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  • November 6, 2015

My one true layout

Recently I’ve been “evangelizing” Docker quite a bit among the Happy Cog developers. Sometimes that sounds like “zomg, Mark really loves Docker” and other times it’s closer to “omg, why is he over engineering this again.” What I’ve been working on, lately, is a way to use Docker containers to re-implement a more flexible version of Heroku. Decorative Illustration The end goal is a workflow that starts with a developer pushing code. That code, regardless of branch, is published to a unique URL that anyone can see, regardless of their setup or environment.

The reason for this workflow is to reduce the amount of time code is hidden away on developer computers. All too often it’s easy to hide behind Git and developer setup with claims such as “it works on my computer” or “oh, it’s not on staging yet.” With this workflow every push results in a URL that anyone can see. It enables our team to work quickly and collaboratively with team members that may not have a complete development environment setup.

So, how’s this all work? Glad you asked:

  1. First, we push code to Github. We can push any branch or any tag, it really doesn’t matter. The goal here was to leverage Github as best we can without affecting developer process or workflow. If developers have to remember to push to a second remote or run a second CLI command, they’re bound to forget and we wanted to reduce that.
  2. That code is picked up automatically by CircleCI and built. CircleCI has a fantastic circle.yml file that allows complete customization of the build process. For example we can configure Gulp in one project’s circle.yml and Grunt in another project’s circle.yml. What’s more, CircleCI has built in support for Docker.
  3. CircleCI runs `npm install` which in turn runs `bower install` and finally `grunt` and/or `gulp`. The real flexibility of CircleCI shines here by allowing you to prepend, append, or completely overwrite the inferred build process with your own custom scripts.
  4. After the build we get a complete public folder with everything we need to deploy to our staging server.
  5. Here, I’m beginning to run a few integration tests, such as PhantomCSS. Nothing has stuck yet, but again, the flexibility of CircleCI makes it possible to run just about anything here.
  6. Docker Compose then runs and builds everything into a series of Docker images. The benefit of using Docker Compose is that I can build a nginx server, a redis cluster, a MySQL server, and a Varnish server all in one go. This allows me to run virtually anything I want within a project. If Project A is written in Go, that’s fine. If Project B is written in Ruby, that’s fine too.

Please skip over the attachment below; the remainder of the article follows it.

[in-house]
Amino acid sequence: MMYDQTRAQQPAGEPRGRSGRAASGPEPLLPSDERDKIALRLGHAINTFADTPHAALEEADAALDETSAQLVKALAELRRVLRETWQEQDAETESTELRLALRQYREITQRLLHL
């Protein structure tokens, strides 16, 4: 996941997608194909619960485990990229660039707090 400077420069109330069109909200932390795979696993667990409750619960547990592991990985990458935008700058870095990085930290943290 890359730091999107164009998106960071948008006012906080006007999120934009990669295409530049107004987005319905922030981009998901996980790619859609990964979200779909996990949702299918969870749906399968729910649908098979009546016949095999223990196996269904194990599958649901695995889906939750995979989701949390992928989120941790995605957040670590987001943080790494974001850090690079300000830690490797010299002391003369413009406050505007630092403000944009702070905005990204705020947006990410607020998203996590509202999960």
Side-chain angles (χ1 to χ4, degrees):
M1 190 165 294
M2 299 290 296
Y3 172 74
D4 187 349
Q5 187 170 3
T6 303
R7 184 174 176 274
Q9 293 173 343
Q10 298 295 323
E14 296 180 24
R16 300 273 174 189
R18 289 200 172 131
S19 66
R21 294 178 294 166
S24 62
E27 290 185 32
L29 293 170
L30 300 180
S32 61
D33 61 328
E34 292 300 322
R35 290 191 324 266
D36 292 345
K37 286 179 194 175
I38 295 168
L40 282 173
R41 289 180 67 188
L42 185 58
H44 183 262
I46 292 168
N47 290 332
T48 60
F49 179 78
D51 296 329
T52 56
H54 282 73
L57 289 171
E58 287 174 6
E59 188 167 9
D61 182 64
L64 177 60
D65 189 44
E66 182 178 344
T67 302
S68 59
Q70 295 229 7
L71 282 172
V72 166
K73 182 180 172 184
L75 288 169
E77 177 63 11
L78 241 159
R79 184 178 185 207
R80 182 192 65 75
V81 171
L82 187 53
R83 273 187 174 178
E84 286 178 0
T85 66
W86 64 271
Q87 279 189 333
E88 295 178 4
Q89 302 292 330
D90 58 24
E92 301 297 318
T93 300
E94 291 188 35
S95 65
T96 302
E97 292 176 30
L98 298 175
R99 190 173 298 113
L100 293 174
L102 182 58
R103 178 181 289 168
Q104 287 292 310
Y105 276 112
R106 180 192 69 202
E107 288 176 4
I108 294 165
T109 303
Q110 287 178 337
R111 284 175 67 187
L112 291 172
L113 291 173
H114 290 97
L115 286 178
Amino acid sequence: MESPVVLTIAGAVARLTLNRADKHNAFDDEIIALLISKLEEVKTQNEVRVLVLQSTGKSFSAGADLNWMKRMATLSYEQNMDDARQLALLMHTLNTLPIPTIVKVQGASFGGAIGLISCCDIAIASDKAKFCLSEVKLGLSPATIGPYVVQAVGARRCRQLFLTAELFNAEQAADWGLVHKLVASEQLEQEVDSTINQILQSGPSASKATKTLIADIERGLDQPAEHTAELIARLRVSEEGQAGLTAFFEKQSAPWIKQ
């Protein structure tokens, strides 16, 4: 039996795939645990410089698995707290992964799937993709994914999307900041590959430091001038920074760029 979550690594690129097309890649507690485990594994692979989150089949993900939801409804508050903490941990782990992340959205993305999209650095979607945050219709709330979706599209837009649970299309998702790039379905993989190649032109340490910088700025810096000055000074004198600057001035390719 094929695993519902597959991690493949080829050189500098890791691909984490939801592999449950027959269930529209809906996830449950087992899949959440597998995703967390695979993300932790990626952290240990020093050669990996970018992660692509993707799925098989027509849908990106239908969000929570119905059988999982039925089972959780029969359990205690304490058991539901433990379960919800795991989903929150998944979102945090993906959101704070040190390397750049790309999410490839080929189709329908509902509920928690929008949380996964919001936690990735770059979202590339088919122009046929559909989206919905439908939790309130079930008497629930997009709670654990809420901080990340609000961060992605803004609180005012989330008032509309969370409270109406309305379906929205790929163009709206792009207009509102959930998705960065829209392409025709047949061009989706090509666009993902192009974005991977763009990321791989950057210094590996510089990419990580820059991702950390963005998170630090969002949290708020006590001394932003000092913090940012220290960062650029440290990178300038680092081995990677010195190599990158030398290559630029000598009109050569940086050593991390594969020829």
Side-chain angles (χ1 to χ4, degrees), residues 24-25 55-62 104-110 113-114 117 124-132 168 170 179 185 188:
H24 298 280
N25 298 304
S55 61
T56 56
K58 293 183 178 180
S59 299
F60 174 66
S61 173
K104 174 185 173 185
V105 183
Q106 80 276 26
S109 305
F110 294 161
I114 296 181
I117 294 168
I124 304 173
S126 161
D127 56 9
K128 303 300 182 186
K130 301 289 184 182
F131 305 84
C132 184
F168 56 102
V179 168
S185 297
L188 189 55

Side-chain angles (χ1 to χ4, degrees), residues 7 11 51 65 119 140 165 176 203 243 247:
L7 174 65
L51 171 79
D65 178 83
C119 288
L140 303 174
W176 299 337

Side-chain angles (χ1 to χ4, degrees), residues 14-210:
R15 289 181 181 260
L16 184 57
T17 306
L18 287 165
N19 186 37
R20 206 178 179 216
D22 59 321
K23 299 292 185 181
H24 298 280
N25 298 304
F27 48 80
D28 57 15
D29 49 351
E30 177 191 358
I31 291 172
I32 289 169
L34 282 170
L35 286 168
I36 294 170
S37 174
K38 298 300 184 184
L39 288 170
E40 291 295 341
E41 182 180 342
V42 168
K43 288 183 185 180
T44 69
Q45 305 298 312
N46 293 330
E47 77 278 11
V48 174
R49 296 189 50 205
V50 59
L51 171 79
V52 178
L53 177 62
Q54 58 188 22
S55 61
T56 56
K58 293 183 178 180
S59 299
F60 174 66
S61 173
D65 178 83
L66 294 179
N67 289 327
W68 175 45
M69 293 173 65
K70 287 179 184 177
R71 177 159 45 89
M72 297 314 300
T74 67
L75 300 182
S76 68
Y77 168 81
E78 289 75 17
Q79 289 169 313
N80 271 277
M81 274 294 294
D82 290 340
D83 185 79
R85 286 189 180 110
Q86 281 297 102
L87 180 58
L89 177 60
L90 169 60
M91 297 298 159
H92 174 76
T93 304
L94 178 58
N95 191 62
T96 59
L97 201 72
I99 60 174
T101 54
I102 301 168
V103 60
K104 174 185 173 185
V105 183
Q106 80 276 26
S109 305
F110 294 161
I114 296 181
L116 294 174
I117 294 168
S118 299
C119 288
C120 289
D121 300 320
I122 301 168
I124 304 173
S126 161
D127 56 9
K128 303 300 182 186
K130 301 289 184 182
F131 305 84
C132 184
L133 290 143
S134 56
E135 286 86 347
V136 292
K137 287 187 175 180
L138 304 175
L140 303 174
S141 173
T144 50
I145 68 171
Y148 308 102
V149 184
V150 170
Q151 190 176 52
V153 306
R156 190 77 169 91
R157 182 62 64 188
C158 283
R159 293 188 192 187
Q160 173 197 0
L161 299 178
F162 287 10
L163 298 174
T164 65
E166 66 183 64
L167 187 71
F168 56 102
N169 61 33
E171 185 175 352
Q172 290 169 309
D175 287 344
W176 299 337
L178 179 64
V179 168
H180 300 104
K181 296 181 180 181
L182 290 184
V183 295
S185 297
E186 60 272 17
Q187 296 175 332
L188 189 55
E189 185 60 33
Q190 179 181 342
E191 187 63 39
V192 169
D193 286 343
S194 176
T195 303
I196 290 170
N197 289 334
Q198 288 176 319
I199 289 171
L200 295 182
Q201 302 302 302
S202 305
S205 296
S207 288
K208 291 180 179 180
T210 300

7. After the images are built they are pushed to a private registry on Tutum is a orchestration service for (née, by) Docker. Tutum exposes a robust API that allows you to build containers on your own infrastructure.
  8. CircleCI then works with the Tutum API to deploy each image out to a running container. Once each container is running it gets a generic domain name ending in
  9. Finally, we have a private proxy (written in Node, backed by Redis) that receives a POST with the new container IP/port so we can proxy a cleaner URL matching {branch}.{repo}

This has been something I’ve been iterating on for a while, and, though it’s probably better than my hacked-together shell scripts, which, is certainly better than my blind edit via FTP it’s still not perfect. Spinning up an entire nginx server from scratch on every single push just to front Pattern Lab is a bit heavy handed. Ideally there’d be some way to update the running container faster than a fresh build, but the isolation and purity of the current approach has appeal too.

I’m curious how do you build development environments? How do you demonstrate deliverables to clients? Are you still hacking on FTP?

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